Review of Kenji Oh – Yoshitsune Senbon Zakura · Josetsu Horikawa by Giacomo Fiore, Pinna Records, 2017
A strange and curious meeting between different levels: the Japanese composer Kenji Oh and the Italian guitarist Giacomo Fiore, the traditional Japanese music and the Western prepared guitar, the Japanese conception of time and space and a Western musical codification. The result? Really remarkable. What I would like to highlight in this review is the really special character of this interesting synergistic meeting between different cultures, music and visions.
I think we are faced with a new way of redefining a cultural and musical aspect that for some time has interested me and annoyed me: the musical crossover. I have always loathed this term, I think it is a legacy of a backward cultural vision and partly subservient to both an orientalist and globalizing vision of today’s culture. “Yoshitsune Senbon Zakura Josetsu Horikawa” is a composition with strong links to Japanese culture and tradition that is codified and reset in a Western key: is it a crossover or is it something else? We have long been accustomed, above all, in mass culture to the “exotic” transposition of ideas from other cultures, coincidentally all from the East, but this composition and the way it is performed and interpreted show a metabolic form at a superior level, a new path, a new possible form of interaction between modes of expression, a new strategy, a new way of describing the position of an author (Kenji Oh), of an interpreter (Giacomo Fiore), of a text of the Kabuki theater (osetsu Horikawa) and an instrument (the guitar).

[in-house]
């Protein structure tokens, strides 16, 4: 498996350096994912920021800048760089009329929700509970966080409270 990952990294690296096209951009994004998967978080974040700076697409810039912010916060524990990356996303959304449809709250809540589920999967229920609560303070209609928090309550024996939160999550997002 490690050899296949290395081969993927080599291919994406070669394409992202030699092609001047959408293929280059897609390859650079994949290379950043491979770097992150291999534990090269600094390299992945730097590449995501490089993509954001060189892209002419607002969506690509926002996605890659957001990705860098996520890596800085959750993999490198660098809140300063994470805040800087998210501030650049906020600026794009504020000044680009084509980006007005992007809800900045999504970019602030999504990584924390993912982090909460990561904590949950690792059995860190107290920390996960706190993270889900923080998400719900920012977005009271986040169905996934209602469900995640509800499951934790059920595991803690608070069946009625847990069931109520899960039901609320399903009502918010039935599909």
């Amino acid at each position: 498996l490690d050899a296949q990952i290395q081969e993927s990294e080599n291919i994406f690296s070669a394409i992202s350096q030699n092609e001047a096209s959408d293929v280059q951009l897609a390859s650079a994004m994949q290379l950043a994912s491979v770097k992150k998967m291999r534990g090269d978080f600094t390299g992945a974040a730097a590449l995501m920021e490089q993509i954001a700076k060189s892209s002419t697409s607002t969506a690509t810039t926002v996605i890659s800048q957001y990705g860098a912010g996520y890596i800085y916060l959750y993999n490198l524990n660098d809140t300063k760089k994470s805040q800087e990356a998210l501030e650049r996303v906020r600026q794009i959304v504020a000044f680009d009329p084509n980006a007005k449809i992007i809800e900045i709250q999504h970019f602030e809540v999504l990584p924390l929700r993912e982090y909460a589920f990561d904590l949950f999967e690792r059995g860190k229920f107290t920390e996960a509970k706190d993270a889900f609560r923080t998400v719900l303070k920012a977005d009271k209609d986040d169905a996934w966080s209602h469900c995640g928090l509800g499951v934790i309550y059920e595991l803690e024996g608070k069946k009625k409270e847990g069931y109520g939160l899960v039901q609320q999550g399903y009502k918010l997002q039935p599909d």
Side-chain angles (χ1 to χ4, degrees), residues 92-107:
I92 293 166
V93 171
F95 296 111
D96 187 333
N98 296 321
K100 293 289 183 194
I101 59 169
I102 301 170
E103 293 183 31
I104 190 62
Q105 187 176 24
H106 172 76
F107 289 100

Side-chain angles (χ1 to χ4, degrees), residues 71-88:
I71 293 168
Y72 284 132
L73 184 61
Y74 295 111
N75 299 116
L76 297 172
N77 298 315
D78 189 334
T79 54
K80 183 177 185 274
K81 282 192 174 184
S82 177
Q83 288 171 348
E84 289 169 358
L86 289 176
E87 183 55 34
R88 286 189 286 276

If since the most remote ages in Europe the East has been something more than it was empirically known and if in the dictionary under the name “East” we can find a series of representative figures or tropes, these music seem to me a deliberate, complex and a fruitful attempt to go beyond the cultural stereotypes we are accustomed to both in the East and in the West, overcoming the limits of stylized costumes, similar to those that the characters wear in a comedy of art.
Everything leads me to this conclusion: the music, the innovative use of the prepared guitar by Giacomo Fiore in search of the timbres and sounds of traditional Japanese instruments, the sense of breath and time that these music emanate, the beautiful illustrated booklet that accompanies this composition. I’m proud to have in my collection. “Yoshitsune Senbon Zakura · Josetsu Horikawa” is something new, fresh, interesting and engaging. Very beautifull.